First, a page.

"The greatest companies in lousy industries share certain characteristics. They are low-cost operators and penny-pinchers in the executive suite. They avoid going into debt. They reject the corporate caste system... Their workers are well paid and have a stake in the companies' future. They find niches, part of the market that bigger companies have overlooked. They grow fast - faster than many companies in fashionable fast-growth industries...
Pompous boardrooms, overblown executive salaries, demoralized rank & file, excessive indebtedness, and mediocre performance go hand in hand. This also works in reverse. Modest boardrooms, reasonable executive salaries, a motivated rank and file, and small debts equals superior performance most of the time."
- Peter Lynch, Beating the Street
Around this time last year, I shared four picks to illustrate the power of being boring. None of these names are associated with exciting high tech or any buzzword that you may have often heard among the future enthusiasts. Instead, they are conservatively managed, easy to understand and operate in slowly-moving "boring" industries. These companies are:
Rollins (NYSE:ROL), a global leader in pest control
Chemed (NYSE:CHE), a leading provider of hospice and plumbing services in the U.S.
Atrion (NASDAQ:ATRI), a health care and medical business focused on a diversified range of niche categories
Omega Flex (NASDAQ:OFLX): a leading manufacturer of the flexible metal hose
I call this crowd "CORA," named after the first initials of each stock (similar to the famous "FAANG" group). According to data at GuruFocus, an equally-weighted CORA portfolio delivered a positive alpha of 4% against the S&P 500 over the past 12 months (as of market close on June 5). It is worth noting that the portfolio underperformed FAANG during the same period. Below is the performance summary:
12-month Total Return
1-year Sales Growth
3-year Sales Growth
Return on Assets
3-year Incremental Return on Equity
Atrion was the only company underperforming the benchmark over the year, which could be attributable to the higher valuation at which the share traded previously and slowing growth (see below).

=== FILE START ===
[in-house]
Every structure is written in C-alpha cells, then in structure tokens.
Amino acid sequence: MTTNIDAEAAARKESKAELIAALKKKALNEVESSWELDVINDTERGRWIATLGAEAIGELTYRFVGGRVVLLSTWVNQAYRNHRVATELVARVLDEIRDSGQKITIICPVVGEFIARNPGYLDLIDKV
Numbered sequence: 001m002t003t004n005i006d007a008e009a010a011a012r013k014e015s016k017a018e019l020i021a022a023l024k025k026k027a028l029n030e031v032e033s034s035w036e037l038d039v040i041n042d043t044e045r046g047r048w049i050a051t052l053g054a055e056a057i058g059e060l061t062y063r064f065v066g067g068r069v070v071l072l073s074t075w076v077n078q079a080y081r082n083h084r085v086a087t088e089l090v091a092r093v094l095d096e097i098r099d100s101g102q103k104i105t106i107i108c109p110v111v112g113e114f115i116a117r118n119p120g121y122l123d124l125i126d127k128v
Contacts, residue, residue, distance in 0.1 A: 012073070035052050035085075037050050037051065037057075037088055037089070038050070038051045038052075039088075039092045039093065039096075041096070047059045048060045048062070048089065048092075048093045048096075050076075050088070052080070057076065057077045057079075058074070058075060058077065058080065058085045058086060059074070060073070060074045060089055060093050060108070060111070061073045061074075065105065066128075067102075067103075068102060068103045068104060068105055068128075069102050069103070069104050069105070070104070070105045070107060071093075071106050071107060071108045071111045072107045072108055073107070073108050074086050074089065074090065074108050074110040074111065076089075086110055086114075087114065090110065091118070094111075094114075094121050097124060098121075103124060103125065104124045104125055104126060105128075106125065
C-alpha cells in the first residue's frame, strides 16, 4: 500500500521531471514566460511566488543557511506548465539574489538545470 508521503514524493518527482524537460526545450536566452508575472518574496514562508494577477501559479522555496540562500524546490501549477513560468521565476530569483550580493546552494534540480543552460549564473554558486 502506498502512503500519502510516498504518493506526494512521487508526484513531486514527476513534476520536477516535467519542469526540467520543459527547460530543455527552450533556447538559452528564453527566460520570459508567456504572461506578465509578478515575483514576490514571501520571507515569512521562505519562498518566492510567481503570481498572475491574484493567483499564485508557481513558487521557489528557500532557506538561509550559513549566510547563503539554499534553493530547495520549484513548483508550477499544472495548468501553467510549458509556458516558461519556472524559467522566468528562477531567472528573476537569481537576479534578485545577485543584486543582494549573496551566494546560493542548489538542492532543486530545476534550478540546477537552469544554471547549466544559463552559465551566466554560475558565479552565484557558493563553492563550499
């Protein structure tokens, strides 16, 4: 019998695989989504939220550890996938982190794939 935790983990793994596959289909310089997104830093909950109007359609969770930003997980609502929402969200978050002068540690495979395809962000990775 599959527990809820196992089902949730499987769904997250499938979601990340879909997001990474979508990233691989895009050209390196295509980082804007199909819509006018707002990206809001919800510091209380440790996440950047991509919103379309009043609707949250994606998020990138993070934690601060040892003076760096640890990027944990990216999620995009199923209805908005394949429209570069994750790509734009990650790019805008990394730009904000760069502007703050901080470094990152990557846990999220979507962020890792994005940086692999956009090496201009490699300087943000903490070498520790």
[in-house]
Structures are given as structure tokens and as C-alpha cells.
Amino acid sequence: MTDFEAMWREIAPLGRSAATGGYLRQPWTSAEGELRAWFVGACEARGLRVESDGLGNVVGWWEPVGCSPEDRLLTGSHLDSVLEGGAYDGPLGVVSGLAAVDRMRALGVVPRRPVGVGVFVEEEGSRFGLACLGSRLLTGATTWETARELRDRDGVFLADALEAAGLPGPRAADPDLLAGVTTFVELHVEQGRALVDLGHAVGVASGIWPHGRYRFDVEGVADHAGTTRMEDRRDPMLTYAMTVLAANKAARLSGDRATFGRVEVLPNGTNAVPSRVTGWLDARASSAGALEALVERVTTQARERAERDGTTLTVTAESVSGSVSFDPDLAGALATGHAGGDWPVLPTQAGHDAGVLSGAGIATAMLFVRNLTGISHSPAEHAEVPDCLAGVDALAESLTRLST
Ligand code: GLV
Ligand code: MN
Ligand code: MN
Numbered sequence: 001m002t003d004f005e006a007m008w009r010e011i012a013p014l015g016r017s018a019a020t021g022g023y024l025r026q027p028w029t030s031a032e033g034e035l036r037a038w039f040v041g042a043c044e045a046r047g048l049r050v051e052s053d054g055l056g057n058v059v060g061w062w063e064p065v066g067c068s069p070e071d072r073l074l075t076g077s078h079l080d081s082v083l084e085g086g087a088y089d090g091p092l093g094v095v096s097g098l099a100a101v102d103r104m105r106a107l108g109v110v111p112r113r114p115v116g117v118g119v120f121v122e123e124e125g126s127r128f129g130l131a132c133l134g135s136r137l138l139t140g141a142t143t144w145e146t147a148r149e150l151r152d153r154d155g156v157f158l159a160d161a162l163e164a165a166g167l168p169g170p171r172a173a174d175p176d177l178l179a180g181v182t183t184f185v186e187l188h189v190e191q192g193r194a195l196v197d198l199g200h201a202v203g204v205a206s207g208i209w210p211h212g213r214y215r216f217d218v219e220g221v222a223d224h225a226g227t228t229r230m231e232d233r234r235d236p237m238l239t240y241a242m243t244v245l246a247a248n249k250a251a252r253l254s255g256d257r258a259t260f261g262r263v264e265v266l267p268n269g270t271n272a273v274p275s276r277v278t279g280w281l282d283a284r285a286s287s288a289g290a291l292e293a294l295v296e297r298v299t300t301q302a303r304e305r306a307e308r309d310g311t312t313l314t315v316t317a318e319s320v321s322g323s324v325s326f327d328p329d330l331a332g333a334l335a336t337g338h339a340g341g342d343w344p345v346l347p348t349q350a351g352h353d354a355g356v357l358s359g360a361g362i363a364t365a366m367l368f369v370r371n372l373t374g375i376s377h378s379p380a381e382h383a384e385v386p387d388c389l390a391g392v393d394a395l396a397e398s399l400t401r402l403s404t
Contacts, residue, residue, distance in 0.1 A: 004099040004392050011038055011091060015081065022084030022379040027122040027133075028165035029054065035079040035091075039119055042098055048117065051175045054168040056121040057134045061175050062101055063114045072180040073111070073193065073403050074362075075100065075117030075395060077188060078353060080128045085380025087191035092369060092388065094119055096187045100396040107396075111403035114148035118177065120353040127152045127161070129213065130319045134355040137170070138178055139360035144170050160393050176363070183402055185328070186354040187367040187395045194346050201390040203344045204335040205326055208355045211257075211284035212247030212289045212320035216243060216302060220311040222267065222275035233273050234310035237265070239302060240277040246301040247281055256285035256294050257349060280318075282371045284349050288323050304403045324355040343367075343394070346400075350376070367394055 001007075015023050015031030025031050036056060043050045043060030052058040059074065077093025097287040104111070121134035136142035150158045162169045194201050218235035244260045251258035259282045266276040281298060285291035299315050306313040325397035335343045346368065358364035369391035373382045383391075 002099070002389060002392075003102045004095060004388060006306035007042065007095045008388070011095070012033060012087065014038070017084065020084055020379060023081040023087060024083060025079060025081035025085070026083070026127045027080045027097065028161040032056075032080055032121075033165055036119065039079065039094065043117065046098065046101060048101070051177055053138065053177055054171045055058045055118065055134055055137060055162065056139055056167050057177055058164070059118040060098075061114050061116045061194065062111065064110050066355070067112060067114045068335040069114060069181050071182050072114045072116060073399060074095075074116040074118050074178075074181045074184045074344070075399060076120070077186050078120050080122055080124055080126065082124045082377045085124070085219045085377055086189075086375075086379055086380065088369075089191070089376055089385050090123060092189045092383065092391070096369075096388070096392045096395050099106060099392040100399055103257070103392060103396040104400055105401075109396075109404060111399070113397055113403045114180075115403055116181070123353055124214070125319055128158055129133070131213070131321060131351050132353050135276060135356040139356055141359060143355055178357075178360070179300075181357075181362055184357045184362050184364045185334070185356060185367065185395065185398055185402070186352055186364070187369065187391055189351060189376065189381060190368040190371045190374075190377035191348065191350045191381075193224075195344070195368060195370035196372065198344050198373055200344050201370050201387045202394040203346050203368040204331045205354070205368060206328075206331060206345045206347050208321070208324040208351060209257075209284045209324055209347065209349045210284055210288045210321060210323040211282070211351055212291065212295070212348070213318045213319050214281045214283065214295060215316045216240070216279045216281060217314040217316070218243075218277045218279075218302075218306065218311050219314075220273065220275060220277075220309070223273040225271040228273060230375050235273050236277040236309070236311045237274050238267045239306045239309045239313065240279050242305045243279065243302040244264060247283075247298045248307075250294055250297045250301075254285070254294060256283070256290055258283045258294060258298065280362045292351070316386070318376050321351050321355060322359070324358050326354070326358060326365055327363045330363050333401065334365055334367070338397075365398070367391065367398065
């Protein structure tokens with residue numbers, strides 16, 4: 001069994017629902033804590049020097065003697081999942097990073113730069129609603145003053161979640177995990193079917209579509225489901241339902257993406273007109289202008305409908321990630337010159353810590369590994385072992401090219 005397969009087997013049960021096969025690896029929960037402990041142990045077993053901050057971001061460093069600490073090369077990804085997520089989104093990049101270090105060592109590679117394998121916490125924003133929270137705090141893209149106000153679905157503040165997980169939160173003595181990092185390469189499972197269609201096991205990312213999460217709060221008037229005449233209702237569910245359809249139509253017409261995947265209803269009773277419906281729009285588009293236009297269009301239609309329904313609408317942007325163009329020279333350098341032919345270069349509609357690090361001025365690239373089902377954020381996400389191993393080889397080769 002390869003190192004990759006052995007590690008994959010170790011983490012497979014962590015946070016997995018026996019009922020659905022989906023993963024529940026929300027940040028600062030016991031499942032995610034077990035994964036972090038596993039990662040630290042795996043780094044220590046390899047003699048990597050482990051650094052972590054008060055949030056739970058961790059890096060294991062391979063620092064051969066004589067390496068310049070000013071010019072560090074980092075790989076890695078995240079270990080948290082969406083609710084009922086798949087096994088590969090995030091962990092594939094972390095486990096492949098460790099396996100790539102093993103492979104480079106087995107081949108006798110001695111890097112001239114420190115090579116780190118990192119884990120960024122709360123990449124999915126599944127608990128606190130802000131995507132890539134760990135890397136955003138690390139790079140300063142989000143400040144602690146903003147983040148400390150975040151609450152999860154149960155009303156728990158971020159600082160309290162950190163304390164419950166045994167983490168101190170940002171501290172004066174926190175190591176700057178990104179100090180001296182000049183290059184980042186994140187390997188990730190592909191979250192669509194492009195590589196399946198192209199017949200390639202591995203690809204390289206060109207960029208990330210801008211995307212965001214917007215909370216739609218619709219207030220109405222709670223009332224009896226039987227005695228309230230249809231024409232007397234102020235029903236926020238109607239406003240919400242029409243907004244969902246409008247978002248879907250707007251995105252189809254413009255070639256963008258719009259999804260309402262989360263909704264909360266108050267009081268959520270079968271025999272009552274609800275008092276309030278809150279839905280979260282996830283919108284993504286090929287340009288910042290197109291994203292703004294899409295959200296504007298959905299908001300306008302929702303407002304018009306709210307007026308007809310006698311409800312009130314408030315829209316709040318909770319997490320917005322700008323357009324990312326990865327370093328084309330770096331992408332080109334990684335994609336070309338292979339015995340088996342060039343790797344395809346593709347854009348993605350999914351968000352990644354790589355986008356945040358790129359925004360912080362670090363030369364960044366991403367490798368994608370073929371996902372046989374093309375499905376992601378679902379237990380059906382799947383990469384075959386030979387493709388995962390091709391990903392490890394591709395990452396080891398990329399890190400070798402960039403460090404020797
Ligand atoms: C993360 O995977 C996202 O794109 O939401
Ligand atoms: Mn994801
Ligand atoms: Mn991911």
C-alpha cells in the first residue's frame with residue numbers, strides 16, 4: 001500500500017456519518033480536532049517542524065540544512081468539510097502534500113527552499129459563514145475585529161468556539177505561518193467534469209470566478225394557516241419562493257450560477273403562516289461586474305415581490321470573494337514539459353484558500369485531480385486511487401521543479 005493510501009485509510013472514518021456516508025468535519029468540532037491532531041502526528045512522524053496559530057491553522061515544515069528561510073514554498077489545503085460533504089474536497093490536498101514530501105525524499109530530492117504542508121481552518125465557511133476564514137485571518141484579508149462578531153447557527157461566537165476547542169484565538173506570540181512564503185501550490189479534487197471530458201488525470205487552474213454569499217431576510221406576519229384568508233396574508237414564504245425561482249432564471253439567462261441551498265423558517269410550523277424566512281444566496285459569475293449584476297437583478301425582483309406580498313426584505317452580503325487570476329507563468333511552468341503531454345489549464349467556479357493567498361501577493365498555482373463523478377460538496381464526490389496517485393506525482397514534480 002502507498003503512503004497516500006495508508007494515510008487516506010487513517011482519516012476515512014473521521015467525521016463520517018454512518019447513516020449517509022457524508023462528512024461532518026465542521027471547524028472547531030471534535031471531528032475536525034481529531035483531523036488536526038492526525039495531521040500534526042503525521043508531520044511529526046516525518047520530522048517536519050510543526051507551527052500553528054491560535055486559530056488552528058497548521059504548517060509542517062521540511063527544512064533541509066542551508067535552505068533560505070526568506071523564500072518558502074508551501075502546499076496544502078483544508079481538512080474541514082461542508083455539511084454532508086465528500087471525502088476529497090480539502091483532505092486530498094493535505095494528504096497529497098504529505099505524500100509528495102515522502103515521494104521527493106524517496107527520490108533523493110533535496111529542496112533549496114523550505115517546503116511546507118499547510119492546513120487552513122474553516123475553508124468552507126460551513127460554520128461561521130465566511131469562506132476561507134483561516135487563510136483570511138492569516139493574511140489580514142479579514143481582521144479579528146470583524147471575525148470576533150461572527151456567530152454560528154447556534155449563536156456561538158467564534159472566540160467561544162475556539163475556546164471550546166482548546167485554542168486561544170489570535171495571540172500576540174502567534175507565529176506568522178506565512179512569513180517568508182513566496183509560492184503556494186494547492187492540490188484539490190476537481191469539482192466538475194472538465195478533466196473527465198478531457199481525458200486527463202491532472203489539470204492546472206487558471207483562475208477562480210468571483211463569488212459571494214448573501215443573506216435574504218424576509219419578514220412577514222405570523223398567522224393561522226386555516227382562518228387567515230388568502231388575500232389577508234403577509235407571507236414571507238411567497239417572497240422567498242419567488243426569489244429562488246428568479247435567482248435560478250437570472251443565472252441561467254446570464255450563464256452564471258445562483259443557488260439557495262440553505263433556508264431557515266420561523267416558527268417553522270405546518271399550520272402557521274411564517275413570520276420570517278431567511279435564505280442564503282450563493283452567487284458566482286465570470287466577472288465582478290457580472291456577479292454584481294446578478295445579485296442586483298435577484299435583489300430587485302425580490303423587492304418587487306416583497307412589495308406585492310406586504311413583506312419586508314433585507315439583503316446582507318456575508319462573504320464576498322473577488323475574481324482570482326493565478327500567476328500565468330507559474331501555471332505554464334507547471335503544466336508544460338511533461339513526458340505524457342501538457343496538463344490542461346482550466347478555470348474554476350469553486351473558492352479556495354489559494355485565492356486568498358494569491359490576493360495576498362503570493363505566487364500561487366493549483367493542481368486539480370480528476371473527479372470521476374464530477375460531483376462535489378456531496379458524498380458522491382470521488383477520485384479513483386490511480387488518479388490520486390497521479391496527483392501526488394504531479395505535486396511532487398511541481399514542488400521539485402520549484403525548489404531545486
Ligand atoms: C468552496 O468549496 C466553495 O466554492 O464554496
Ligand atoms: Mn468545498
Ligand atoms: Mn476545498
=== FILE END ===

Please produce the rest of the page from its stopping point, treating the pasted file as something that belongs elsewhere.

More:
The capital efficiency has remained super-normal at Atrion. The company's current return on assets is nearly 15%, mainly thanks to the management's focus on niches and skillful capital allocation as well as a reputation-based moat in a mission-critical and safety-conscious space. While Atrion possesses a robust defensive position for its economic castle, the business appears to have encountered issues to drive attractive returns out of the expansion. The three-year incremental return on equity capital is 13%, less than the current return on equity of 15.77% and the 10-year median of 18.3%. Moderate growth could lie ahead.
Based on a mid-to-high single-digit average annual growth rate in free cash flow, the current price multiple of Atrion, even after an over 20% drop in share price, does not look too reasonable. As a result, it would not be a surprise to me if the underperformance continues.
Chemed and Omega Flex led the portfolio by a wide margin with more than 30% total return each. The two companies delivered the highest returns on assets among the portfolio. The prospects at Chemed looks particularly attractive to me for its leading position in a stable, highly-fragmented, recession-proof industry. The business demonstrates a proven growth strategy based on consolidation and has earned a 59% three-year incremental return on equity.
Rollins slightly outperformed the S&P 500 over the period. I have been concerned with the share's hefty valuation for quite a while. In the meantime, the business continued to steadily increase its revenue and operating income as it has each year for more than two decades now. As with the other "boring" stories, things really change very little at Rollins year in and year out - same strategy, same product and service, same industry outlook, same competitive landscape. This enables the management to concentrate on widening the moat and fueling long-term growth.
Disclosure: The mention of any security in this article does not constitute an investment recommendation. Investors should always conduct careful analysis themselves or consult with their investment advisors before acting in the stock market. We own shares of Rollins.
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This article first appeared on GuruFocus.